The State of Morneau’s Health
Joe Christensen of the Star Tribune has a profile on Twins first baseman Justin Morneau, including a first-person account of the experience of having, and recovering from, a concussion.
The symptoms — headaches, fogginess and fatigue — came and went into December. Imagine you are riding a bus traveling 65 miles per hour, Morneau said. When you look out the side window, the landscape races by. When you look out the front window, it shouldn’t seem as fast. But at his worst moments, he’s looking out that front window and feels like he’s looking out the side.
Plantier Is Padre Hitting Coach
Lost in the post-postseason — for this author, at least — was the announcement by the San Diego Padres that Phil Plantier had replaced Randy Ready as the team’s hitting coach. I can’t speak to Plantier’s qualifications, specifically, nor to the effects of a hitting coach on a team’s offense, generally. I can, however, use this information as a pretense upon which to upload a grainy image of Plantier’s 1992 Fleer card.
Projecting: ZiPS for Toronto
Dan Szymborski has published his ZiPS projections for the Toronto Blue Jays. Below are some of the notable ones, accompanied by very rough WAR projections (for the hitters, per 600 plate appearances, at least) calculated by the method outlined here. All numbers assume major-league competition. OPS+ and ERA+ are park-adjusted.
Jose Bautista, RF, 31: .273/.408/.566, 158 OPS+, 6.6 WAR
Bautista beats out Miguel Cabrera (155) for highest OPS+ so far through the 22 team projections posted by Szymborski. Disregarding any fielding-run adjustments, Bautista now has the highest rough WAR of any player projected, too, beating out Evan Longoria (5.9).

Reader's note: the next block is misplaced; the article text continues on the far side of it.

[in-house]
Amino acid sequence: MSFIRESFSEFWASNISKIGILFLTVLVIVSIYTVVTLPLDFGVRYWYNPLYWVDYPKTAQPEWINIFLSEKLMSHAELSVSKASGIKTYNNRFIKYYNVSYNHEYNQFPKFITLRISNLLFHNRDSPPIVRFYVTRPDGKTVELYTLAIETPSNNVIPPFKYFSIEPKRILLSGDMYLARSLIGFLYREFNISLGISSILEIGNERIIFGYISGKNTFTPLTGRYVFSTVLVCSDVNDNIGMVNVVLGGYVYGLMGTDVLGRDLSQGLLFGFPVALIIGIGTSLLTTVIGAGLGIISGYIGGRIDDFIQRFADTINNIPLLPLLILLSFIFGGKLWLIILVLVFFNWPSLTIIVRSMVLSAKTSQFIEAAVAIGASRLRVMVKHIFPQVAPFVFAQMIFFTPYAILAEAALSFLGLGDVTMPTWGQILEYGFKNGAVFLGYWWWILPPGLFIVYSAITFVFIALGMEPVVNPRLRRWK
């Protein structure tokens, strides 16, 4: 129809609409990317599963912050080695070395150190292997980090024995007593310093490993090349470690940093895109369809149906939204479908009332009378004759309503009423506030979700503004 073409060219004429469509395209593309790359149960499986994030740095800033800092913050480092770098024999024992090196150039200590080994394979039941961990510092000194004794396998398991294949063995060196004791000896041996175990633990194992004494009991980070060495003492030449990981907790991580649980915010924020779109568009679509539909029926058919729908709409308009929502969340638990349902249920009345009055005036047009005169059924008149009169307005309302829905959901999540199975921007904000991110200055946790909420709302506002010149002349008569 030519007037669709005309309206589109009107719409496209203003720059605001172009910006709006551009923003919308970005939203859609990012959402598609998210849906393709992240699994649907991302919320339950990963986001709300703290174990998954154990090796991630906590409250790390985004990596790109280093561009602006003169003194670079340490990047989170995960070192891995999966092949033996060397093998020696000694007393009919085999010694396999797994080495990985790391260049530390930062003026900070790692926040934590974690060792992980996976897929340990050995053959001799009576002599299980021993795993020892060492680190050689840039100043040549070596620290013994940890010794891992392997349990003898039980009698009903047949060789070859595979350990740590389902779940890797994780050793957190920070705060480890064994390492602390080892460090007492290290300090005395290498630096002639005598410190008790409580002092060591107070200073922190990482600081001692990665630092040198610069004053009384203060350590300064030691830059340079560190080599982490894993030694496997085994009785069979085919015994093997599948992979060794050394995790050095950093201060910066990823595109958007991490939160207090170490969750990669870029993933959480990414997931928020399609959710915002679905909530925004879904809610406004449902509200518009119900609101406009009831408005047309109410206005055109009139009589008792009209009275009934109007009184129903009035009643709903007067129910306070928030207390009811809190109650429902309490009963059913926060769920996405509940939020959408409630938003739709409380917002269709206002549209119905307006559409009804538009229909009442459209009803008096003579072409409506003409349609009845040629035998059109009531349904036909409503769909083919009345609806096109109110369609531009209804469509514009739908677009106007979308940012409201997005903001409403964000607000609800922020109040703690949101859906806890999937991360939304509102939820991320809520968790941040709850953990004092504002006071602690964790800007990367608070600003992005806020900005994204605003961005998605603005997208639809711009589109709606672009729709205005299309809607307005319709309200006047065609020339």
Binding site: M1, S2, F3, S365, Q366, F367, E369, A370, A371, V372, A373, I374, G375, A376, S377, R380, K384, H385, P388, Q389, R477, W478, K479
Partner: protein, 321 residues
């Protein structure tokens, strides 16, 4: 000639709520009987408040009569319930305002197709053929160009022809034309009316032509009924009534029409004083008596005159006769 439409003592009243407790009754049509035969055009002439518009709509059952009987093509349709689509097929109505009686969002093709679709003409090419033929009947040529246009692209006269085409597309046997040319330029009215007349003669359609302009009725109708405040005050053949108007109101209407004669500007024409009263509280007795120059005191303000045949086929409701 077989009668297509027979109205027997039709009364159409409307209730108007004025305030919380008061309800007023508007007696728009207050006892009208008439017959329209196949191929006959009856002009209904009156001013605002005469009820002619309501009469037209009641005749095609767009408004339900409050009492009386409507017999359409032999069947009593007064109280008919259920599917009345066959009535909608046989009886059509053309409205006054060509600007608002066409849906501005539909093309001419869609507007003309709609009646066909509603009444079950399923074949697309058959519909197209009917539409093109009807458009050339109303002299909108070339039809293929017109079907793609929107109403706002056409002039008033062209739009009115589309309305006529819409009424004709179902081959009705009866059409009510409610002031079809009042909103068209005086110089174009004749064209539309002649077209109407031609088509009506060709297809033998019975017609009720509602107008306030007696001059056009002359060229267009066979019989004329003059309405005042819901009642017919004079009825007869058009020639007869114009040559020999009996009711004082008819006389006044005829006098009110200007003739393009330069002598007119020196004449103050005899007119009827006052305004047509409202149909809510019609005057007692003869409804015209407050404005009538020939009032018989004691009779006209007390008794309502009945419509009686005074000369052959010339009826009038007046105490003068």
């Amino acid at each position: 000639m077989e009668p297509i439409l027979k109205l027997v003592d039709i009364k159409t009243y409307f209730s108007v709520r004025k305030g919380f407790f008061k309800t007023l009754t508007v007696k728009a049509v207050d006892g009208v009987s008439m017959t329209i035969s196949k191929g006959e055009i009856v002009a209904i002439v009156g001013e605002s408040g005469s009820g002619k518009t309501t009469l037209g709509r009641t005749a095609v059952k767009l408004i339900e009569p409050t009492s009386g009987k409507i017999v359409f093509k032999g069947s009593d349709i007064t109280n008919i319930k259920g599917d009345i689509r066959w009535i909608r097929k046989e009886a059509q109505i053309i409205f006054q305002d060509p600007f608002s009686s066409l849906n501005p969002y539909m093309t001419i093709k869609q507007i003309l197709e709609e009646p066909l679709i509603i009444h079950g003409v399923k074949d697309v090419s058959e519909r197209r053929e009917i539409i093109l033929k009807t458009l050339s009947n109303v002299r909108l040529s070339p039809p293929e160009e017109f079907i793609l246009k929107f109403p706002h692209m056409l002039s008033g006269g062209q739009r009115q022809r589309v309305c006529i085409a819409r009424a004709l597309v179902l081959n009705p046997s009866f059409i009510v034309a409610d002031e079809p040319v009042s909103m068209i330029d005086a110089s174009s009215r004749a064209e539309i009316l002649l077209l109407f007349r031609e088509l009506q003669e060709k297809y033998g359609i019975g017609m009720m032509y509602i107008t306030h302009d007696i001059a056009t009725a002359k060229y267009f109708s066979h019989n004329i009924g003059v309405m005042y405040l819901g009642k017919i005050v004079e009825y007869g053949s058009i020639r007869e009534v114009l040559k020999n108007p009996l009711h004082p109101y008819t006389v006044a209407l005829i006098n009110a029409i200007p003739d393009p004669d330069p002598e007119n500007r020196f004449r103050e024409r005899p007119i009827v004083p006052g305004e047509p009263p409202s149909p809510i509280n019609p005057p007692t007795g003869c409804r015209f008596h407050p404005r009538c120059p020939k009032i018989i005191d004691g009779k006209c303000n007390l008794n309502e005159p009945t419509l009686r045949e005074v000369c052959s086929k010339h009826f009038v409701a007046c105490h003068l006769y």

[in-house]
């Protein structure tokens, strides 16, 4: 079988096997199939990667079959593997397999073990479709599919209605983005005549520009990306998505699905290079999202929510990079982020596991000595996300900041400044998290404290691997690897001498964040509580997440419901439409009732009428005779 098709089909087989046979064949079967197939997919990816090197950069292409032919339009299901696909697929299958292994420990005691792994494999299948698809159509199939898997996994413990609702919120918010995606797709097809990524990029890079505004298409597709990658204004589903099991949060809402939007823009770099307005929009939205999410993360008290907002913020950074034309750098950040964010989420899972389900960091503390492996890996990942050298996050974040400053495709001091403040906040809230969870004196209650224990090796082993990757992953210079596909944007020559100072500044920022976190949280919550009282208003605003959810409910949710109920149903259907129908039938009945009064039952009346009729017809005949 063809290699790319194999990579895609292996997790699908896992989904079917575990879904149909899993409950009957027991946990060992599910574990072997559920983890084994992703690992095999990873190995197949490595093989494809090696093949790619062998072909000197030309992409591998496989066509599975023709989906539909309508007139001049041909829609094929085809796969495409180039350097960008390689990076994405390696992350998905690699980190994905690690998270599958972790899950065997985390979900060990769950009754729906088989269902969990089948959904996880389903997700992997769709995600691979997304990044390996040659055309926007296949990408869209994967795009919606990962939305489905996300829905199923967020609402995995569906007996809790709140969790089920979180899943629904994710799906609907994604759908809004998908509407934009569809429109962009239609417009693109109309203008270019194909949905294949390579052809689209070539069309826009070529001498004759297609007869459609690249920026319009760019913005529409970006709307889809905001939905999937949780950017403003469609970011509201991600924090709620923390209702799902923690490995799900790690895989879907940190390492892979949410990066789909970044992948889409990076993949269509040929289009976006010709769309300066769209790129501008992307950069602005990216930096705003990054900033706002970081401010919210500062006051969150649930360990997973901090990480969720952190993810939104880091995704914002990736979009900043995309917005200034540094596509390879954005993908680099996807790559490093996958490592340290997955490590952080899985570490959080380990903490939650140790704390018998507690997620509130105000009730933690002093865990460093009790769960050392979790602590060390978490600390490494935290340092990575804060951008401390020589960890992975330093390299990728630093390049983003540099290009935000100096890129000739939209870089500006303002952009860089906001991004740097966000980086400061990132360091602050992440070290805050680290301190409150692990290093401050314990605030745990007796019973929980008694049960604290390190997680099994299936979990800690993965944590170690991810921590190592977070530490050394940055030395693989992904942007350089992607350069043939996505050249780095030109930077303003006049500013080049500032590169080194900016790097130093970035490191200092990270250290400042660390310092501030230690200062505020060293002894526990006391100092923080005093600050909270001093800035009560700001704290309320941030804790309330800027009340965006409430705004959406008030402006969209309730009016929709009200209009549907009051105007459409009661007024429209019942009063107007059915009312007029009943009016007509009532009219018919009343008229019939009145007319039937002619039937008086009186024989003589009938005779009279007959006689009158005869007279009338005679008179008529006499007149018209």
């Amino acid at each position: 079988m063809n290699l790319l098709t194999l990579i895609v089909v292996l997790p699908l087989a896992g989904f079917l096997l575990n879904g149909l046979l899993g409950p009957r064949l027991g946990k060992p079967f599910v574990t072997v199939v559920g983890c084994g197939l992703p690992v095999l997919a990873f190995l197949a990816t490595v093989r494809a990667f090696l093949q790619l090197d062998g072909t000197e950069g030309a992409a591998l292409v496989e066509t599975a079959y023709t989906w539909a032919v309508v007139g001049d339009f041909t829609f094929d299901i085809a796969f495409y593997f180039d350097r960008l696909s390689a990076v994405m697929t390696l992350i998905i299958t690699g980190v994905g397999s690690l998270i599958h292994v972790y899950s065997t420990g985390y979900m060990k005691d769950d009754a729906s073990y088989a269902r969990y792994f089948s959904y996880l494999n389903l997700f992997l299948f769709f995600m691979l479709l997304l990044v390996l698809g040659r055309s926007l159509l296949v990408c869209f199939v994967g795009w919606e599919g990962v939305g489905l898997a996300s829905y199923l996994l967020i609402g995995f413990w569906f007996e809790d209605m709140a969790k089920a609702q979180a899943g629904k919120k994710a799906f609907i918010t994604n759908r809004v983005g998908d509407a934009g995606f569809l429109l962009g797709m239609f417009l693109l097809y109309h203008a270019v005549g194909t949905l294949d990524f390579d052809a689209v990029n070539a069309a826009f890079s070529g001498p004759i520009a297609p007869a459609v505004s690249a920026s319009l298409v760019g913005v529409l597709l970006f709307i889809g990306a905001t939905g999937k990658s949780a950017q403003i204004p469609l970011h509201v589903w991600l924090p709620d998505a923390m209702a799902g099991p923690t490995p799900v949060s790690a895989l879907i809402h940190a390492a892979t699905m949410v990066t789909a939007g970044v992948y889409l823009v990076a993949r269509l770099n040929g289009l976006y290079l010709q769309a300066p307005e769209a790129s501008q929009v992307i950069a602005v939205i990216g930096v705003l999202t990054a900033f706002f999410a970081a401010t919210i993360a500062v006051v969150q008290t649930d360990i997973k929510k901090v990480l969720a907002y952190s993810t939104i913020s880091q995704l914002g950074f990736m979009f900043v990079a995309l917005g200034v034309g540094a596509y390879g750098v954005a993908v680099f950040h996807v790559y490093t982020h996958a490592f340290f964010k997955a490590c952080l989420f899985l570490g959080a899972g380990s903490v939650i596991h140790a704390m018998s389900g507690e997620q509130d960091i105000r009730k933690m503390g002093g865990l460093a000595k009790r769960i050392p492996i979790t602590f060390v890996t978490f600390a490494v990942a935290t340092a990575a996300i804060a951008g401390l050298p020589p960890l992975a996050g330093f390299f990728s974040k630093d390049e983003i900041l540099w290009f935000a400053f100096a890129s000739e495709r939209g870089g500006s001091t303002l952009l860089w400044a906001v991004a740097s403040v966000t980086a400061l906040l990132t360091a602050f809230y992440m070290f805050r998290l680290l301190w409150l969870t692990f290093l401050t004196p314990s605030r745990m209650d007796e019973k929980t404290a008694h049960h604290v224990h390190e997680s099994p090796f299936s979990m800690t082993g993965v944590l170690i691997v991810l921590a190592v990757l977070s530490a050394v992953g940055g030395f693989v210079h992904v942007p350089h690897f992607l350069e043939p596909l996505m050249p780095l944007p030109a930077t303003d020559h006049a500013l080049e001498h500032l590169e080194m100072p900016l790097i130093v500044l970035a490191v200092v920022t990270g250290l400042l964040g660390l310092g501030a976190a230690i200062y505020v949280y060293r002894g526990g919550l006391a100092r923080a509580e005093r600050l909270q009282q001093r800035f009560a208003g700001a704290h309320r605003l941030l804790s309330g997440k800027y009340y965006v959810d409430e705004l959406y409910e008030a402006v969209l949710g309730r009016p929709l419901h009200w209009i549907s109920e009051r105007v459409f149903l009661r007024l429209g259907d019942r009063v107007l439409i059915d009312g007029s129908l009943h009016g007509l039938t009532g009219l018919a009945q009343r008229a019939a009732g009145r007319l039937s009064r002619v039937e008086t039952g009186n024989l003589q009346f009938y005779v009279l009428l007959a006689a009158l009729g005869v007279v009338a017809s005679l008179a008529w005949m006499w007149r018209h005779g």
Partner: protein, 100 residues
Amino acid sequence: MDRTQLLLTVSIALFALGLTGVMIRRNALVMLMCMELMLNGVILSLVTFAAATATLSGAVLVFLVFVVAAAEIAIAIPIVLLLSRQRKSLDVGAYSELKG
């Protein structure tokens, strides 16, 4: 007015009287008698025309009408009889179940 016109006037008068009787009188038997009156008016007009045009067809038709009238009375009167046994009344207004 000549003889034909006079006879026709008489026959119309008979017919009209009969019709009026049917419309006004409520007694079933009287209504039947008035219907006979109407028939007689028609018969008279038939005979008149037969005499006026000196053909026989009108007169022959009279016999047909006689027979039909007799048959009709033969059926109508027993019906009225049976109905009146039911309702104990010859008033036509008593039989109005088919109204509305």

Travis D’Arnaud, C, 23: .253/.299/.421, 90 OPS+, 2.8 WAR
J.P. Arencibia, C, 26: .229/.281/.442, 90 OPS+, 2.5 WAR
D’Arnaud slashed .311/.371/.542 (.365 BABIP) and hit 21 home runs in 466 plate appearances at Double-A last season, which means — provided Toronto is satisfied with his defense — he’ll begin 2012 at Triple-A Las Vegas, where he’s likely to hit many more home runs. There’s no rush to promote him any further than that: Arencibia was worth 1.5 wins in 486 plate appearances during his first prolonged exposure to the majors. Both catchers are cost-controlled for at least half a decade.
Henderson Alvarez, RHP, 22: 155.0 IP, 89 K, 31 BB, 22 HR, 94 ERA+, 4.35 FIP
Following an August promotion, Alvarez made 10 starts, to this pretty excellent effect: 63.2 IP, 15.4% K, 3.1% BB, 53.5% GB, 84 xFIP-. Just from the stat line — the low strikeout and walk rates, specifically — Alvarez profiles as a soft-tossing sort. In fact, the opposite is true: his average four-seam fastball velocity per PITCHf/x (93.3 mph) would’ve placed him 12th among 94 qualified starters, and was recorded as high 101 mph in the minors. A pitcher who has excellent velocity and command — plus, in Alvarez’s case, a reportedly plus changeup, too — is a good major-league pitcher. In the event that he figures out his curve at all, he’ll be a menace.
Crowdsourcing Broadcasters: New York (NL) Television
This offseason, FanGraphs is asking readers to rate the broadcast teams for all 30 major-league clubs. (Click here for more on this project.)
Rate other teams: Arizona / Atlanta / Baltimore / Boston / Chicago (AL) / Chicago (NL) / Cincinnati / Cleveland / Colorado / Detroit / Miami / Houston / Los Angeles (AL) / Los Angeles (NL, Home Games) / Los Angeles (NL, Away Games) / Milwaukee / Minnesota / New York (AL).
Image courtesy Derek Erdman.
Print This Post